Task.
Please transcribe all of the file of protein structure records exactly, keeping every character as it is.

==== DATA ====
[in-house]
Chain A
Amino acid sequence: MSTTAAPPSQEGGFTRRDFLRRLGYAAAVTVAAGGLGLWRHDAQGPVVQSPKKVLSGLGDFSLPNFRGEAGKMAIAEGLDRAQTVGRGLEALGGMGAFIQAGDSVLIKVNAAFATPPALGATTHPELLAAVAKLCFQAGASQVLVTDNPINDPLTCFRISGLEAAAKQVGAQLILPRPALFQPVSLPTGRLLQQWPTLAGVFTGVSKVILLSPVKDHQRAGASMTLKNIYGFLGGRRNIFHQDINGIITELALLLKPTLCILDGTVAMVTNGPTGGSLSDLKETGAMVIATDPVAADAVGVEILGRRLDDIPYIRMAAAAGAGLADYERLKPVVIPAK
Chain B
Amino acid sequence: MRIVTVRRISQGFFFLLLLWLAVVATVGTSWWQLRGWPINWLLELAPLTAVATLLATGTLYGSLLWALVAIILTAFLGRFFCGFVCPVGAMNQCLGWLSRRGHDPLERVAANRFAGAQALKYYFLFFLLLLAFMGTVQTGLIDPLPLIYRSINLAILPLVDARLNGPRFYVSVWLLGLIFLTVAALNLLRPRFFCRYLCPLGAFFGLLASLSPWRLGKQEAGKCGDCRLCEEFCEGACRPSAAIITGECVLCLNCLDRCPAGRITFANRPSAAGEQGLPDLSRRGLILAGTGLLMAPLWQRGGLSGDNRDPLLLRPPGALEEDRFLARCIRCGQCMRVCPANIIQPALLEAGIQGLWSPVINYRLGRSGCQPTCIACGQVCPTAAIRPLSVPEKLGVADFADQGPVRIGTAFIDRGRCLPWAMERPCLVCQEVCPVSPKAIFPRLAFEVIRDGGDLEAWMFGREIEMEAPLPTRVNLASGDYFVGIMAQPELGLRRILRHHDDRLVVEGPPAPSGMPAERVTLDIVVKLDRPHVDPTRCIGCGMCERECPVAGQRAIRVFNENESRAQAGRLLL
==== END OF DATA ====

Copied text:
[in-house]
Chain A
Amino acid sequence: MSTTAAPPSQEGGFTRRDFLRRLGYAAAVTVAAGGLGLWRHDAQGPVVQSPKKVLSGLGDFSLPNFRGEAGKMAIAEGLDRAQTVGRGLEALGGMGAFIQAGDSVLIKVNAAFATPPALGATTHPELLAAVAKLCFQAGASQVLVTDNPINDPLTCFRISGLEAAAKQVGAQLILPRPALFQPVSLPTGRLLQQWPTLAGVFTGVSKVILLSPVKDHQRAGASMTLKNIYGFLGGRRNIFHQDINGIITELALLLKPTLCILDGTVAMVTNGPTGGSLSDLKETGAMVIATDPVAADAVGVEILGRRLDDIPYIRMAAAAGAGLADYERLKPVVIPAK
Chain B
Amino acid sequence: MRIVTVRRISQGFFFLLLLWLAVVATVGTSWWQLRGWPINWLLELAPLTAVATLLATGTLYGSLLWALVAIILTAFLGRFFCGFVCPVGAMNQCLGWLSRRGHDPLERVAANRFAGAQALKYYFLFFLLLLAFMGTVQTGLIDPLPLIYRSINLAILPLVDARLNGPRFYVSVWLLGLIFLTVAALNLLRPRFFCRYLCPLGAFFGLLASLSPWRLGKQEAGKCGDCRLCEEFCEGACRPSAAIITGECVLCLNCLDRCPAGRITFANRPSAAGEQGLPDLSRRGLILAGTGLLMAPLWQRGGLSGDNRDPLLLRPPGALEEDRFLARCIRCGQCMRVCPANIIQPALLEAGIQGLWSPVINYRLGRSGCQPTCIACGQVCPTAAIRPLSVPEKLGVADFADQGPVRIGTAFIDRGRCLPWAMERPCLVCQEVCPVSPKAIFPRLAFEVIRDGGDLEAWMFGREIEMEAPLPTRVNLASGDYFVGIMAQPELGLRRILRHHDDRLVVEGPPAPSGMPAERVTLDIVVKLDRPHVDPTRCIGCGMCERECPVAGQRAIRVFNENESRAQAGRLLL